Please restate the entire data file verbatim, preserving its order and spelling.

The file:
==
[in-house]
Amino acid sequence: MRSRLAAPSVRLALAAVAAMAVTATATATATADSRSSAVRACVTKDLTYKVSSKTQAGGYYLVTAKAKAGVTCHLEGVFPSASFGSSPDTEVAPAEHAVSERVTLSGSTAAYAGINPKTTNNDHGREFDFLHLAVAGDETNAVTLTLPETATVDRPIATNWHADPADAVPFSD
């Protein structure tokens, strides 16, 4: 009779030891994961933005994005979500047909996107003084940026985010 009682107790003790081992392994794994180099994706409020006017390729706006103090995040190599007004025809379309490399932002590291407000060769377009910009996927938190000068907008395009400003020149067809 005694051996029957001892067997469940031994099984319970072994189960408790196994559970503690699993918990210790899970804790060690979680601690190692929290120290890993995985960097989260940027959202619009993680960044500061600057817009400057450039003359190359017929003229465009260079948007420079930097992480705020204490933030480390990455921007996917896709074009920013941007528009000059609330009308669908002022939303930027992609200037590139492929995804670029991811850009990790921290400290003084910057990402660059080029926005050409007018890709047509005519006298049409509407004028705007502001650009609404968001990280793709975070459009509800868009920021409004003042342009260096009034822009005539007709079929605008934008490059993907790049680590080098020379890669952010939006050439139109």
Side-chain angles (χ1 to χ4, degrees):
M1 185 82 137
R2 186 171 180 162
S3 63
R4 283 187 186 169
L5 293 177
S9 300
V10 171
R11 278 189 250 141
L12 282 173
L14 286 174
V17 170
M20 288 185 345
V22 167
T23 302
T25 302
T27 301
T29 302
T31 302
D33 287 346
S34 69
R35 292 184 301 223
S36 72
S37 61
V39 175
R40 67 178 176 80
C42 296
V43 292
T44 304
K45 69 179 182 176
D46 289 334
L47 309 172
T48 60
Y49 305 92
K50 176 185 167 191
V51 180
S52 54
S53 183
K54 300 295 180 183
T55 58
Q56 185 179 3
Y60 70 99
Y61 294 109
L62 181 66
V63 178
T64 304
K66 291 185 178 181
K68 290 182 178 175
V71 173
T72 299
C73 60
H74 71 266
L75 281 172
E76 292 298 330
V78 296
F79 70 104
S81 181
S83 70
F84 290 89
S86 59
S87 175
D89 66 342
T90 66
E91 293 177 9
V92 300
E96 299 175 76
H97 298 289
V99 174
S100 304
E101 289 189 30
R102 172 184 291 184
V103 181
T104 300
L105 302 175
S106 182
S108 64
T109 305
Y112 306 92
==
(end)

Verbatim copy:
[in-house]
Amino acid sequence: MRSRLAAPSVRLALAAVAAMAVTATATATATADSRSSAVRACVTKDLTYKVSSKTQAGGYYLVTAKAKAGVTCHLEGVFPSASFGSSPDTEVAPAEHAVSERVTLSGSTAAYAGINPKTTNNDHGREFDFLHLAVAGDETNAVTLTLPETATVDRPIATNWHADPADAVPFSD
């Protein structure tokens, strides 16, 4: 009779030891994961933005994005979500047909996107003084940026985010 009682107790003790081992392994794994180099994706409020006017390729706006103090995040190599007004025809379309490399932002590291407000060769377009910009996927938190000068907008395009400003020149067809 005694051996029957001892067997469940031994099984319970072994189960408790196994559970503690699993918990210790899970804790060690979680601690190692929290120290890993995985960097989260940027959202619009993680960044500061600057817009400057450039003359190359017929003229465009260079948007420079930097992480705020204490933030480390990455921007996917896709074009920013941007528009000059609330009308669908002022939303930027992609200037590139492929995804670029991811850009990790921290400290003084910057990402660059080029926005050409007018890709047509005519006298049409509407004028705007502001650009609404968001990280793709975070459009509800868009920021409004003042342009260096009034822009005539007709079929605008934008490059993907790049680590080098020379890669952010939006050439139109």
Side-chain angles (χ1 to χ4, degrees):
M1 185 82 137
R2 186 171 180 162
S3 63
R4 283 187 186 169
L5 293 177
S9 300
V10 171
R11 278 189 250 141
L12 282 173
L14 286 174
V17 170
M20 288 185 345
V22 167
T23 302
T25 302
T27 301
T29 302
T31 302
D33 287 346
S34 69
R35 292 184 301 223
S36 72
S37 61
V39 175
R40 67 178 176 80
C42 296
V43 292
T44 304
K45 69 179 182 176
D46 289 334
L47 309 172
T48 60
Y49 305 92
K50 176 185 167 191
V51 180
S52 54
S53 183
K54 300 295 180 183
T55 58
Q56 185 179 3
Y60 70 99
Y61 294 109
L62 181 66
V63 178
T64 304
K66 291 185 178 181
K68 290 182 178 175
V71 173
T72 299
C73 60
H74 71 266
L75 281 172
E76 292 298 330
V78 296
F79 70 104
S81 181
S83 70
F84 290 89
S86 59
S87 175
D89 66 342
T90 66
E91 293 177 9
V92 300
E96 299 175 76
H97 298 289
V99 174
S100 304
E101 289 189 30
R102 172 184 291 184
V103 181
T104 300
L105 302 175
S106 182
S108 64
T109 305
Y112 306 92